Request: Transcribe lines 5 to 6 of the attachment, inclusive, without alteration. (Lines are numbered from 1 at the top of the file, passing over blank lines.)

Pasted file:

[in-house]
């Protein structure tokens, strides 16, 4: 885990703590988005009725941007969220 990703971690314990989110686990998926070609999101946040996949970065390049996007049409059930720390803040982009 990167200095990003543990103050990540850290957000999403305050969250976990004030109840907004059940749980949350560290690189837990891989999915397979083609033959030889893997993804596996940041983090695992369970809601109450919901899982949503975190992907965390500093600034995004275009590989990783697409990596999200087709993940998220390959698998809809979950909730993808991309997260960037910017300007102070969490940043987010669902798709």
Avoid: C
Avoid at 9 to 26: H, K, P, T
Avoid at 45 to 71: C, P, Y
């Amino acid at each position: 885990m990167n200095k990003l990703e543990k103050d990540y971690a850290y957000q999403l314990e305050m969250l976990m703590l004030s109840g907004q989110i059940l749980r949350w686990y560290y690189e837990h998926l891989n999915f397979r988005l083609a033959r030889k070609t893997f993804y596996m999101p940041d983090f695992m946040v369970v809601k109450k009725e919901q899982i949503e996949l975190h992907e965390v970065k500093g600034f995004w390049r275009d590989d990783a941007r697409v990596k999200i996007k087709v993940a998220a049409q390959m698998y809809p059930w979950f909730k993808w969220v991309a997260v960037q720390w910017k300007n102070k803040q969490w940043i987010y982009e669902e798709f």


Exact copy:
Avoid at 45 to 71: C, P, Y
């Amino acid at each position: 885990m990167n200095k990003l990703e543990k103050d990540y971690a850290y957000q999403l314990e305050m969250l976990m703590l004030s109840g907004q989110i059940l749980r949350w686990y560290y690189e837990h998926l891989n999915f397979r988005l083609a033959r030889k070609t893997f993804y596996m999101p940041d983090f695992m946040v369970v809601k109450k009725e919901q899982i949503e996949l975190h992907e965390v970065k500093g600034f995004w390049r275009d590989d990783a941007r697409v990596k999200i996007k087709v993940a998220a049409q390959m698998y809809p059930w979950f909730k993808w969220v991309a997260v960037q720390w910017k300007n102070k803040q969490w940043i987010y982009e669902e798709f």